School enrollment in the United States is at an all-time high. There are now more than 53 million students attending primary and secondary schools in this country. According to the U.S. Department of Education, the number hasn't been that high since 1970, when the youngest members of the so-called "Baby Boomer" generation were children. The overwhelming majority of American students study in community-run classrooms, a tradition that began in the 19th century, and was the norm by the turn of the 20th. But an increasing number are learning the old-fashioned way; at home with their parents as teachers. And the "separation between Church and State" that animates American law is part of the reason why.
Education experts estimate nearly two million American children, or about three percent of the nation's young students, are studying math, science, history, and literature in their own homes. That's up from just 15,000, when the home-schooling movement began in the early 1970s. Some of the increase has been a result of curriculum cutbacks at tax-payer funded public schools. As more and more school districts have eliminated art and music programs, for example, to save money, some parents have turned to home schooling as a way to ensure their children are exposed to these subjects.
Others, particularly parents in rural areas, have opted to teach their children at home, because they don't want their kids spending hours a day on a bus, traveling to and from their classrooms. But according to Dave Smith, of the Maryland Association of Christian Home Educators, the impulse that compelled parents 30 years ago to start educating their children at home is still the strongest force driving parents to do it today. "My guess is that most families, you know, at least 50 percent of the families would say that the religious component, or their religious convictions, played some role in the decision," he says.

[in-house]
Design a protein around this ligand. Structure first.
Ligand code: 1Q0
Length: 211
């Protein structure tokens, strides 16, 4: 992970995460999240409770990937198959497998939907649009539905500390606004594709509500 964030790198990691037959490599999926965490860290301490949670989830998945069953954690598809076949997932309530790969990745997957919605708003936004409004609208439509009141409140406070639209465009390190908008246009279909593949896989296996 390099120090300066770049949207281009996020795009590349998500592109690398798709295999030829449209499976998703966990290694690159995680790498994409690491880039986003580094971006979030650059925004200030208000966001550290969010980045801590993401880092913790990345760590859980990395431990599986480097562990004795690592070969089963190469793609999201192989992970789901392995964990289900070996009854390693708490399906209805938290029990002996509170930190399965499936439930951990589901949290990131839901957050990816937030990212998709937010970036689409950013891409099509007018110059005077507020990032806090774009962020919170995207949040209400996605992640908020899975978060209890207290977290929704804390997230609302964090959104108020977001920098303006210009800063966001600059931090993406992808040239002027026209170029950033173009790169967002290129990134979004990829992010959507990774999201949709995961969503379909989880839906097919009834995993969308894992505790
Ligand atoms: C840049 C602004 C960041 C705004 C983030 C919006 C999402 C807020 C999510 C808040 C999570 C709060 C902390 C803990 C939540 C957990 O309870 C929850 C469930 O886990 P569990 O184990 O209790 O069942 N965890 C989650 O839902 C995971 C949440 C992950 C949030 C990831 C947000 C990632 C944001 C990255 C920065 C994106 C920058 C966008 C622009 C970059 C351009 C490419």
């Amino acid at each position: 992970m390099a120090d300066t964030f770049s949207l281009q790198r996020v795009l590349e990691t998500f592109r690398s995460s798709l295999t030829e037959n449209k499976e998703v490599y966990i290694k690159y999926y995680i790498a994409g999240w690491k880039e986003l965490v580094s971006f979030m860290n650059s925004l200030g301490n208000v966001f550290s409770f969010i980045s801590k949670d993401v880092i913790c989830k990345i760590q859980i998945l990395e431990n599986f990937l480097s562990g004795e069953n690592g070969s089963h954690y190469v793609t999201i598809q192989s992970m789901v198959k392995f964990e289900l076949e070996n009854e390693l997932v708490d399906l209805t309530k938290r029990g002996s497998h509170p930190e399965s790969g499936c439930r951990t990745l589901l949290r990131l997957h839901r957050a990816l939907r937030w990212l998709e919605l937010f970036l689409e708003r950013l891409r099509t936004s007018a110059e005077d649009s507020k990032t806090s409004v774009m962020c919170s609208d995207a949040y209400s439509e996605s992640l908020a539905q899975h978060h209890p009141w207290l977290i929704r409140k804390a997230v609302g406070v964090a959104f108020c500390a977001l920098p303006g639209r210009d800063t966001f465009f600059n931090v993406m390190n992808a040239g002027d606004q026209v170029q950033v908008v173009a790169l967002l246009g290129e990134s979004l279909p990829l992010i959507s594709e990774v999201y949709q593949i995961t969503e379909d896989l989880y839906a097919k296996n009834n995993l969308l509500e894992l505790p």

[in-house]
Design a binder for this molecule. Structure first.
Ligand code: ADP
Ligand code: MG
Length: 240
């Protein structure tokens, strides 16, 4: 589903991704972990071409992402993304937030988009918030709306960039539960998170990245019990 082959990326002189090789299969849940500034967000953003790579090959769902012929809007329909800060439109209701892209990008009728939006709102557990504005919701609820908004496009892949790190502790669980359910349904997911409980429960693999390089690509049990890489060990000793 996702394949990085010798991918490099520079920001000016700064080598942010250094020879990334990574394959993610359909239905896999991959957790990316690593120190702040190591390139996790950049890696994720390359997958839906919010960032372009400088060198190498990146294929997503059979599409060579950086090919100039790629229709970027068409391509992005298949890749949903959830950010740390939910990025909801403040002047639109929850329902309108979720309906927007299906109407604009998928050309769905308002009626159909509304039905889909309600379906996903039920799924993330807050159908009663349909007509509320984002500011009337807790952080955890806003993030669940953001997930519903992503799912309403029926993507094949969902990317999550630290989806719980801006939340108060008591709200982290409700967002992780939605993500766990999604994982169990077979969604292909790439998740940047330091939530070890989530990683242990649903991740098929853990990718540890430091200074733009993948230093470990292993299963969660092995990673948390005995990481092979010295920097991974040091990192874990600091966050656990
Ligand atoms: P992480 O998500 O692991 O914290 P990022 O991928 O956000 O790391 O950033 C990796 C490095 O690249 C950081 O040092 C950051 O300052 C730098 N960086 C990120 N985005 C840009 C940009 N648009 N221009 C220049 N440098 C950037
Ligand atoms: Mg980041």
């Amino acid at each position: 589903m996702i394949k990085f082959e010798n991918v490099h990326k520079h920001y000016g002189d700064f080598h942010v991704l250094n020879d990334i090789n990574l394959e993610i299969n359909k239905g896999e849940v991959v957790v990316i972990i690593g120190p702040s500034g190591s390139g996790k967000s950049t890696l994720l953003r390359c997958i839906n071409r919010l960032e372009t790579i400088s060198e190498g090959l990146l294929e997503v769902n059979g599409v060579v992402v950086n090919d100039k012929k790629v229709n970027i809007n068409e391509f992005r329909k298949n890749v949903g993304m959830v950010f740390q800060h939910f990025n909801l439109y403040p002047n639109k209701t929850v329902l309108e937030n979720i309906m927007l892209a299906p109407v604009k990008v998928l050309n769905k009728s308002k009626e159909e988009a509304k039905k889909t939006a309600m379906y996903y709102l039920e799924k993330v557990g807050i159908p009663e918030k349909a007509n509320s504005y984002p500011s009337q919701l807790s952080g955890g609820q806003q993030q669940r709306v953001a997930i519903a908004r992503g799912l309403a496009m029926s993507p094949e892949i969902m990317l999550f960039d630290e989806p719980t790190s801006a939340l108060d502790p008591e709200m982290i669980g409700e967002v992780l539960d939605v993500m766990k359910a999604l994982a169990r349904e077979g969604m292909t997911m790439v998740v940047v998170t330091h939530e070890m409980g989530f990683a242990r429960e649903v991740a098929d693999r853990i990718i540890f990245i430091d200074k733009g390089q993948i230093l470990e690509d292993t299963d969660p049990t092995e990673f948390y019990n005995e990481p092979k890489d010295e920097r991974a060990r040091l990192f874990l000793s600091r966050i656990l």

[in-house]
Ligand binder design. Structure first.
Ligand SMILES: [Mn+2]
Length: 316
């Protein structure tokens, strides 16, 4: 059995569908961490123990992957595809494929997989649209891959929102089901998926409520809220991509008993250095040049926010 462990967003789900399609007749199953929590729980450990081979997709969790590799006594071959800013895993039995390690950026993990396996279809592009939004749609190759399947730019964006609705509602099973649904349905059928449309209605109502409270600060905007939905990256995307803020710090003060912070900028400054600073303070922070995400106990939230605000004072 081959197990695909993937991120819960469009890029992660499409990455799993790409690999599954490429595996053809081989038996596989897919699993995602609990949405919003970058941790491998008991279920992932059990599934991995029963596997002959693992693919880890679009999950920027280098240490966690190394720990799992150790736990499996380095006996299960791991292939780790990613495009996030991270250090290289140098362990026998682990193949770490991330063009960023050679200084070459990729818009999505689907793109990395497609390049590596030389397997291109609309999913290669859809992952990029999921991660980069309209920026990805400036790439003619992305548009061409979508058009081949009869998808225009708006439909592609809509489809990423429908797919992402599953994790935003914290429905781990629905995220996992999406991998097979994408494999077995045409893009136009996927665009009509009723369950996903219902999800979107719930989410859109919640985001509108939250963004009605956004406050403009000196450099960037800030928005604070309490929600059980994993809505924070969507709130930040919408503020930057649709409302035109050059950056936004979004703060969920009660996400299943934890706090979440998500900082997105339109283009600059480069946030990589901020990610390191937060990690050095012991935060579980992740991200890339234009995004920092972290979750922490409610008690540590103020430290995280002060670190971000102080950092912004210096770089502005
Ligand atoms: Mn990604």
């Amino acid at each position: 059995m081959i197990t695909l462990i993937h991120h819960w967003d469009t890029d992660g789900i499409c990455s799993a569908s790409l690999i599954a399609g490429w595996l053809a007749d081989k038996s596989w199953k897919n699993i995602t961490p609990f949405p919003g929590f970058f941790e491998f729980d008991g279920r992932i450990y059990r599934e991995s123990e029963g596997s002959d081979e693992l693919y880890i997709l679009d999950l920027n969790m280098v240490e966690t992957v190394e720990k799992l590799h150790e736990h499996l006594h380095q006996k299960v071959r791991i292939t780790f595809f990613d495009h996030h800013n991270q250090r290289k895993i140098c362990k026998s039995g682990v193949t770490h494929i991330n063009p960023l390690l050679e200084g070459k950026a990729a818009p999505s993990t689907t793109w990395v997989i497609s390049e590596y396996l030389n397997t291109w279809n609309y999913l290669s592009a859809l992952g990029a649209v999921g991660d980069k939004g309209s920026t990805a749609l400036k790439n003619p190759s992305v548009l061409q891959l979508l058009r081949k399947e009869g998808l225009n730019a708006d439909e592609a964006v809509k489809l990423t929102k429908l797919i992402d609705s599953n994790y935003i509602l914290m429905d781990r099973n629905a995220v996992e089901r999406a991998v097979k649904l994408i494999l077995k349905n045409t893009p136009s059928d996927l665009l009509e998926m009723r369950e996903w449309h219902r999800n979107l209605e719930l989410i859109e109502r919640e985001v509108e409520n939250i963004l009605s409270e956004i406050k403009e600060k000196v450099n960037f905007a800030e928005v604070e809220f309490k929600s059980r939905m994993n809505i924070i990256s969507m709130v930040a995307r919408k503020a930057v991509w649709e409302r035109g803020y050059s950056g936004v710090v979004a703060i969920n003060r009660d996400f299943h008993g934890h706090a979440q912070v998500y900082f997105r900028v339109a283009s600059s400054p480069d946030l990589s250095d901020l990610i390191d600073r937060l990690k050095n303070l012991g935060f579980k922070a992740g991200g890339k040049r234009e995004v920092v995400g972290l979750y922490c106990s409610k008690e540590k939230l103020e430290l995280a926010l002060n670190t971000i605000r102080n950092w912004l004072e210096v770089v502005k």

In fact, a report published by the U.S. Department of Education reveals that religious conviction is the greatest single reason parents choose to teach their children at home. Dave Smith says many Christian, Jewish, and Muslim parents want their kids to be exposed to religious discussions that the U.S. Supreme Court ruled in the 1960s cannot take place in taxpayer-funded public schools.
The cost of sending a child to a private, religious academy has gone up significantly over the last twenty years, and so parents like Leah Weideman, a mother of five living in suburban Washington, DC, have turned to home-schooling. "Well, we were looking. It was really hard to find Christian schools for the middle-school age that had high schools also. There really weren't a whole lot in this area. Not to mention it's very expensive with five kids all in school also," she says.
Leah Weideman says she was reluctant at first to take on the responsibility of teaching her children, because she didn't think she could handle it. But then she learned about Cedar Brook Academy, one of more than a dozen so-called "umbrella" schools for home education in the state of Maryland.